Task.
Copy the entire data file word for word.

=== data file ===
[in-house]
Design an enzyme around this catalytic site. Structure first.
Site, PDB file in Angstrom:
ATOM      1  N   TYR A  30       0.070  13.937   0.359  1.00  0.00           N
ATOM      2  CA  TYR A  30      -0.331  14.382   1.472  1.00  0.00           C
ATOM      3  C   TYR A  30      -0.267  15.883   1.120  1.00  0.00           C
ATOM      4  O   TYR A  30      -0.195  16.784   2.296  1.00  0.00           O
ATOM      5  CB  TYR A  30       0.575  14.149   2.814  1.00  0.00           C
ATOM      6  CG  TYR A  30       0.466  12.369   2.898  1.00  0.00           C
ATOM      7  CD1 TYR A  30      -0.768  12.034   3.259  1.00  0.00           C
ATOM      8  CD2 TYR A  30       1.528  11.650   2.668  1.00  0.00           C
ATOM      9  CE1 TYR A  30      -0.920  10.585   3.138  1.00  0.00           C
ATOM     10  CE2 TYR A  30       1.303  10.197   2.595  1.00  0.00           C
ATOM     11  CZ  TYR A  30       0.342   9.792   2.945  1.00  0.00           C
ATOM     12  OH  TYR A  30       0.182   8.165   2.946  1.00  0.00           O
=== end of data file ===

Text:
[in-house]
Design an enzyme around this catalytic site. Structure first.
Site, PDB file in Angstrom:
ATOM      1  N   TYR A  30       0.070  13.937   0.359  1.00  0.00           N
ATOM      2  CA  TYR A  30      -0.331  14.382   1.472  1.00  0.00           C
ATOM      3  C   TYR A  30      -0.267  15.883   1.120  1.00  0.00           C
ATOM      4  O   TYR A  30      -0.195  16.784   2.296  1.00  0.00           O
ATOM      5  CB  TYR A  30       0.575  14.149   2.814  1.00  0.00           C
ATOM      6  CG  TYR A  30       0.466  12.369   2.898  1.00  0.00           C
ATOM      7  CD1 TYR A  30      -0.768  12.034   3.259  1.00  0.00           C
ATOM      8  CD2 TYR A  30       1.528  11.650   2.668  1.00  0.00           C
ATOM      9  CE1 TYR A  30      -0.920  10.585   3.138  1.00  0.00           C
ATOM     10  CE2 TYR A  30       1.303  10.197   2.595  1.00  0.00           C
ATOM     11  CZ  TYR A  30       0.342   9.792   2.945  1.00  0.00           C
ATOM     12  OH  TYR A  30       0.182   8.165   2.946  1.00  0.00           O